Center for Cultural Discipleship

2 Sacred Cows of Culture and How to Kill Them

“So, what’s the sacred cow here?” This was one of my last questions as I sat in a job interview. I was offered an opportunity to serve on a church staff in discipleship and worldview training, a position that would eventually last ten years. I was asked to be an agent of change, build new things, and assess current conditions. Therefore, the question of the sacred cow needed to be asked. What barriers were I going to face as I stepped into my new role? What was unquestionable? The response was quick. “We don’t have any.” I should have known better.

Of course, there would be sacred cows. They were just undiscovered. We don’t know what is unquestionable until we question it. We don’t know what is disruptive until someone perceives us as disruptive. We don’t always know there is darkness until light shows up.

As followers of Jesus, we are in a culture with two primary sacred cows. If you are reading this, chances are you already know them and wonder how to kill them. Why do they need to die? Because they are a direct barrier to belief in and walk with Christ. By knowing the sacred cows, we can see them coming. We can offer ourselves as delightful invitations to the Gospel, even when we live as instruments of disruption. Yes, we are called to be delightful and disruptive. When eyeball to eyeball with a sacred cow, we must know how to slay the bovine and awaken a new hope.

Two Sacred Cows

I am as I think myself to be.

In his great work, Strange New World, Carl Trueman takes his reader on a journey to understanding this cultural cardinal rule. He charts the rise of a new understanding of human identity.

“A society’s understanding of the notion of “self” has broad implications for the cultural, moral, and political spheres. The modern notion of self, which can be called “expressive individualism,” to use Robert Bellah’s term, lies at the heart of current cultural conflicts, including abortion, pornography, the ethics of life and death, radical racial politics, freedom of speech, and freedom of religion. Expressive individualism holds that human beings are defined by their individual psychological core, and that the purpose of life is allowing that core to find social expression in relationships. Anything that challenges it is deemed oppressive.” – Carl Trueman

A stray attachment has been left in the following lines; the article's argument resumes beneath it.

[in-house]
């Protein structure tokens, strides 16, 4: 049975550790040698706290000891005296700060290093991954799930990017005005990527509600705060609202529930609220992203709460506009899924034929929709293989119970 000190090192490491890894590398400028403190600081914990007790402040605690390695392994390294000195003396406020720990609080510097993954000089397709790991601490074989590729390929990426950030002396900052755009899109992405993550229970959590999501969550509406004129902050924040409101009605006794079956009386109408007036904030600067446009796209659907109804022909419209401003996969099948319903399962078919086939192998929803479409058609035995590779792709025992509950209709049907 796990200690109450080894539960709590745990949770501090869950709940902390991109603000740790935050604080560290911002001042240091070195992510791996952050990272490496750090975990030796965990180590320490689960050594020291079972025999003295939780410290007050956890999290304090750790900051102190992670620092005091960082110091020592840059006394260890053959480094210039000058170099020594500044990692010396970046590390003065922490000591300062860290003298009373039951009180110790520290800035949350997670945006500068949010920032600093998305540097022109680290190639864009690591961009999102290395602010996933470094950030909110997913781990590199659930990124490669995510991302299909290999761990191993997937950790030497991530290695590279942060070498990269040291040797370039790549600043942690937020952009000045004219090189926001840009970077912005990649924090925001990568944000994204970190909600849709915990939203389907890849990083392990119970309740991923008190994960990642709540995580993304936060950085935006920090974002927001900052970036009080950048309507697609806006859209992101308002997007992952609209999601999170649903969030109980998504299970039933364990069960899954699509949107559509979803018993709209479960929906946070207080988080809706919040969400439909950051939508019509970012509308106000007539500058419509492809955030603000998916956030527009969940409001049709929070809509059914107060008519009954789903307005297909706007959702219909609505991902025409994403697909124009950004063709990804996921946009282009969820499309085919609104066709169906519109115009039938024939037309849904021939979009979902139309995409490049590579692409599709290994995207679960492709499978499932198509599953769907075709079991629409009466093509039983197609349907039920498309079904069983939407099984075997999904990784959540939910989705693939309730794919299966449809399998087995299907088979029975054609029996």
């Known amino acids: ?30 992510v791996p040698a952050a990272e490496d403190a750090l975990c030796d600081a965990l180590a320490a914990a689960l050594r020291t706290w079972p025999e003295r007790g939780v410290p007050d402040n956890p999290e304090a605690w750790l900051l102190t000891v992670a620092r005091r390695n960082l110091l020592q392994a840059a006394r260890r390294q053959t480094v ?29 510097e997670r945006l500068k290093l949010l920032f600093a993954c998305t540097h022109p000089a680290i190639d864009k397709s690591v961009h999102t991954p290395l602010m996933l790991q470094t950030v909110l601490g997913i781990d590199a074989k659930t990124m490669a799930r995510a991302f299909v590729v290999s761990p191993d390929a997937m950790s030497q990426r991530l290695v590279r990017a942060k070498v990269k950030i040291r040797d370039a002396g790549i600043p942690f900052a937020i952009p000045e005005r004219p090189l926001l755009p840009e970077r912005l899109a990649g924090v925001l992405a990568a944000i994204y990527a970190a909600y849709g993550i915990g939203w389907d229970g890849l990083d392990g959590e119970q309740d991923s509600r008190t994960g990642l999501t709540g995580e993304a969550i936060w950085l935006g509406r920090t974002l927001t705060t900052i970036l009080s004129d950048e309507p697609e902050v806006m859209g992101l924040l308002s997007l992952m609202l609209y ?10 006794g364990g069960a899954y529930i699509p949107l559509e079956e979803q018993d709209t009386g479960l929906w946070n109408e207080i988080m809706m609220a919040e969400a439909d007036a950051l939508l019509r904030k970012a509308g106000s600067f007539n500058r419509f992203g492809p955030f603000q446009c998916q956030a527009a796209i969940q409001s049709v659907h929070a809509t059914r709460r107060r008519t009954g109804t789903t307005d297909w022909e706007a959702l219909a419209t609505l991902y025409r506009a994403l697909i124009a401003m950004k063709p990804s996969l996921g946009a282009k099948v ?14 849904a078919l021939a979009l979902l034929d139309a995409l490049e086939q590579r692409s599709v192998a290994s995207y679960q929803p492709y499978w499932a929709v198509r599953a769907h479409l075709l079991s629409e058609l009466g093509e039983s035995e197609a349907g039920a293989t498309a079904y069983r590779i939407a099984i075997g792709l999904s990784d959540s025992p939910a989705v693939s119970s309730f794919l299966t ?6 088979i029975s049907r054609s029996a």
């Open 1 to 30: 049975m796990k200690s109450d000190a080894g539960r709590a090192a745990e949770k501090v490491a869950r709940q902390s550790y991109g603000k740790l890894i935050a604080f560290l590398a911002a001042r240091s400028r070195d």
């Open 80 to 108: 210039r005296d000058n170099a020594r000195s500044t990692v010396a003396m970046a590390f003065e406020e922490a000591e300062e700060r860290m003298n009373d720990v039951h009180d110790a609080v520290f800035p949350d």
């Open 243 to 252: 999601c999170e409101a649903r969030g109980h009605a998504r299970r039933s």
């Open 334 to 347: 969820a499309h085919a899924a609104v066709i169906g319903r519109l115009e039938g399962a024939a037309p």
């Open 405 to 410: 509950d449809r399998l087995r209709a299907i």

In short, I am as I think myself to be.

This is a radical departure from the way older generations previously thought of themselves. Historically Christians have grounded human identity in creation. We exist as created beings. We bear God’s image. We are deeply beautiful. We are deeply broken and sinful. Desires and longings did not tell us who we were. Our Creator revealed to us who we were. God made us, so He was in the best position to tell us who we were, how we flourished, and the purpose of our existence.

No, desires and longings do not tell us who we are. Who we are determined how we responded to our desires and longings.

Culturally, we have turned a rather large corner. No one outside of the individual is trustworthy enough or informed enough to shepherd our understanding of who we are. Only individual “lived experience” and individual “authentic” internal reflection can do the job. God is no longer in the Story. There is no creation. No shared storyline. No shared path forward together.

Is it any wonder we have a culture plagued with isolation, grief, confusion, and anger? If we believe that to be fully human, fully alive, and flourishing, we must be able to express all our individual self-constructed desires, we inevitably slam into other self-constructed identities. If the very purpose of life is full identity expression, what happens when one person’s purpose bumps into another person’s purpose and there is no third party to break the tie? What happens when chaotic confusion throws young boys and girls into states of uncertainty? What happens when parents, teachers, doctors, and pastors are told that the only way to guide the next generation is to affirm self-constructed identities? What happens when we abandon our children in their most vulnerable moments, assuring them they alone hold the answers to their deep turmoil? Only they know who they are. There is no outside help. Do we simply tell them to look inside, listen to the competing, shifting, and self-destructive voices and attempt to make sense of the chaos? Is this the best we can offer?